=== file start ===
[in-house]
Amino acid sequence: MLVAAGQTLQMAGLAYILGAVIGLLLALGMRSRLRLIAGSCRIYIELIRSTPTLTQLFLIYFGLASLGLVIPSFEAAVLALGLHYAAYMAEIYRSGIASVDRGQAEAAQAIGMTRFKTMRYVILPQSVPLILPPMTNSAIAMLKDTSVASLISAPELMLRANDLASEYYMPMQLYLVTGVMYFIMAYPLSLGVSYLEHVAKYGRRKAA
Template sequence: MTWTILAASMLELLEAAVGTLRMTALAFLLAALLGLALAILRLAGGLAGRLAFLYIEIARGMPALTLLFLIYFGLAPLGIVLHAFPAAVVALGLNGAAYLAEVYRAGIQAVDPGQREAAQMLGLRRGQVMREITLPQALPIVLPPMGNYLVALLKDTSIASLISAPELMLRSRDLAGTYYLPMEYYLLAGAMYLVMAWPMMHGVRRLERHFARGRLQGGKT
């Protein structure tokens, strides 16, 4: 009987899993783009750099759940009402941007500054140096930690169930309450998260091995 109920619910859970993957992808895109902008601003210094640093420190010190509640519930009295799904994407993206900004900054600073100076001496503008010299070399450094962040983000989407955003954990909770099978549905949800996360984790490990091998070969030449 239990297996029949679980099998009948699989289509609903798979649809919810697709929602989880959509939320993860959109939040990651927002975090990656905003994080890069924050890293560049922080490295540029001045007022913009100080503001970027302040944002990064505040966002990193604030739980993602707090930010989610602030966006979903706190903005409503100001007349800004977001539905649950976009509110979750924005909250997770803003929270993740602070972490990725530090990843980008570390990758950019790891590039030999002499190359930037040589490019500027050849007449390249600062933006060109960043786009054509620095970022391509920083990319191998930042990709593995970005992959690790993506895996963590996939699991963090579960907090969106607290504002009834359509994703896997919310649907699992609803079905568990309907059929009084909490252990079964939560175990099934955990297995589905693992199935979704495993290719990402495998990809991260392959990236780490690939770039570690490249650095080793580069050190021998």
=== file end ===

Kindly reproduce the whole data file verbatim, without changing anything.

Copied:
[in-house]
Amino acid sequence: MLVAAGQTLQMAGLAYILGAVIGLLLALGMRSRLRLIAGSCRIYIELIRSTPTLTQLFLIYFGLASLGLVIPSFEAAVLALGLHYAAYMAEIYRSGIASVDRGQAEAAQAIGMTRFKTMRYVILPQSVPLILPPMTNSAIAMLKDTSVASLISAPELMLRANDLASEYYMPMQLYLVTGVMYFIMAYPLSLGVSYLEHVAKYGRRKAA
Template sequence: MTWTILAASMLELLEAAVGTLRMTALAFLLAALLGLALAILRLAGGLAGRLAFLYIEIARGMPALTLLFLIYFGLAPLGIVLHAFPAAVVALGLNGAAYLAEVYRAGIQAVDPGQREAAQMLGLRRGQVMREITLPQALPIVLPPMGNYLVALLKDTSIASLISAPELMLRSRDLAGTYYLPMEYYLLAGAMYLVMAWPMMHGVRRLERHFARGRLQGGKT
């Protein structure tokens, strides 16, 4: 009987899993783009750099759940009402941007500054140096930690169930309450998260091995 109920619910859970993957992808895109902008601003210094640093420190010190509640519930009295799904994407993206900004900054600073100076001496503008010299070399450094962040983000989407955003954990909770099978549905949800996360984790490990091998070969030449 239990297996029949679980099998009948699989289509609903798979649809919810697709929602989880959509939320993860959109939040990651927002975090990656905003994080890069924050890293560049922080490295540029001045007022913009100080503001970027302040944002990064505040966002990193604030739980993602707090930010989610602030966006979903706190903005409503100001007349800004977001539905649950976009509110979750924005909250997770803003929270993740602070972490990725530090990843980008570390990758950019790891590039030999002499190359930037040589490019500027050849007449390249600062933006060109960043786009054509620095970022391509920083990319191998930042990709593995970005992959690790993506895996963590996939699991963090579960907090969106607290504002009834359509994703896997919310649907699992609803079905568990309907059929009084909490252990079964939560175990099934955990297995589905693992199935979704495993290719990402495998990809991260392959990236780490690939770039570690490249650095080793580069050190021998």